In April, we set up a new compost pile.
We would like to produce compost rich in species with many microorganisms to enrich and strengthen the soil life in our garden. To do this, we use a recipe by Viviane Theby, which we learned about in her webinar.
For this compost we needed, among other things, high quality manure. Our neighbor Paqui’s family owns horses and lives on the hill across from us. They were happy to give us manure fresh from their young horses. All of the other components could be found on the finca.
First, ‚brown‘ portions such as wood chips, dried grass and weeds, and dry leaves were soaked in water. Then lawns were mowed and hedges trimmed so that we had the necessary amount of fresh ‚green‘ material ready. To this we added collected kitchen scraps and ground eggshells. Then came the fresh horse manure and the manure from our chickens. Another important ingredient was the charcoal we made in March. It stores nutrients from the compost and later gradually releases them to the soil. Viviane Theby’s compost recipe especially promotes the growth of fungi thanks to its high wood content – which are then a great and important enrichment for the soil!
Everything was proportionally layered in a wire mesh rack. We took care to ensure that everything was moist enough. The rack has a diameter of around one meter, is almost one meter high and thus has a capacity of 1000 liters.
From the beginning, we checked the temperature regularly. It quickly rose to over 55°C; 80°C must not be exceeded, otherwise there is a risk of spontaneous combustion. The high temperatures explain the name of this composting process: hot composting. The heat is generated by the bacteria contained: they multiply rapidly and decompose the organic material; heat is generated in the process. The high heat causes liquid to evaporate, but maintaining the right amount of water is important so that the organisms can move around, swimming in the liquid, and also drink. Therefore, the compost is turned after only a few days: after 24 to 72 hours depending on the core temperature. Water can be added during this process.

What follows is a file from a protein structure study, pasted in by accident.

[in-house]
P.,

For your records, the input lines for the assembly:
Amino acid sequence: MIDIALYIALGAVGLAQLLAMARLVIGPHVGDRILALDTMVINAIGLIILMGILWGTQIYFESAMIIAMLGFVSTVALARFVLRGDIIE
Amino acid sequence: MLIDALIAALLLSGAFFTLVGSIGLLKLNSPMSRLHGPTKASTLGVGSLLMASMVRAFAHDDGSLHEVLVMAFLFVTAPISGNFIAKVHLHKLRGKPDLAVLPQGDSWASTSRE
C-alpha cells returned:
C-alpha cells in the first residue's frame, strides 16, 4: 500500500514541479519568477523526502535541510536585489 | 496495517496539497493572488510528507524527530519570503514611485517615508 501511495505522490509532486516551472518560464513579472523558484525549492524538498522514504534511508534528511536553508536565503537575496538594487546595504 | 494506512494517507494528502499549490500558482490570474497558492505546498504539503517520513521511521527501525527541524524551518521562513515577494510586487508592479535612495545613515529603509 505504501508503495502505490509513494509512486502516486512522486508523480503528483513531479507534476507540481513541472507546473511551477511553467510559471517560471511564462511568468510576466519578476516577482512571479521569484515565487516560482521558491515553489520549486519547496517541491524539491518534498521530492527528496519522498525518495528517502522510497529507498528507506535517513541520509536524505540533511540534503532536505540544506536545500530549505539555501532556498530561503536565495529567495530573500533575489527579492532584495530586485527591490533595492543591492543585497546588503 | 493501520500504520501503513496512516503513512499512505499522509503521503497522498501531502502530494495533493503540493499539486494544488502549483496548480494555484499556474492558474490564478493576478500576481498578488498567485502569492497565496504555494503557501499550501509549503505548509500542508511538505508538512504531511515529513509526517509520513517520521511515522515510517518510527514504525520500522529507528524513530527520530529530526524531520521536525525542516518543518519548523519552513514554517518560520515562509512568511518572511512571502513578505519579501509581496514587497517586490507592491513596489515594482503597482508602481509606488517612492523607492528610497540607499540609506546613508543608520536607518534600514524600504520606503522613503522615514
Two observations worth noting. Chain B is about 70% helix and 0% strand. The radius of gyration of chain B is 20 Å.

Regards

However, the turning has several more effects. For one thing, the materials are mixed together. The microorganisms can thus distribute themselves everywhere. In addition, everything is newly enriched with oxygen, which is essential for the aerobic bacteria to survive. At this point, they were already multiplying diligently.
Another goal of turning is that every part of the compost is in the core of the pile for a while. This is where the temperature is highest and ensures that weed seeds or any pathogens are heated once and thus rendered harmless. For this purpose, it is turned according to a specific schedule.
The temperature drops naturally during the turning, before it rises again. In our pile, it partly rose again after only a few hours. A good sign! Especially in the still cool morning air, our compost was steaming away. A beautiful picture! There was even a moment when the temperature got almost too high – 75°C!
So we used a broomstick to drill vertical tubes into the pile, which acted as chimneys and through which the hot steam could escape more quickly. This regulated the temperature as desired.
After all parts of the compost spent time in the core several times and everything developed well, we could stop turning it.
The rotting proceeded quickly, that is, the compost pile lost a lot of volume.
After about three weeks, the temperature dropped continuously, as it should, which is a consequence of the processes occurring in the pile.
The compost developed and matured over six to seven weeks as planned and looked very good. It had strongly collapsed, had a nice dark color and smelled delicious, like forest soil. There were even little mushrooms growing on it! We waited a little longer until the compost temperature had adjusted to the outside temperature.
Under the microscope, we were able to see fungal hyphae, shell amoebae, and other protozoa in a sample of the finished compost – all desirable and very gratifying!
The compost was then distributed in the vegetable beds.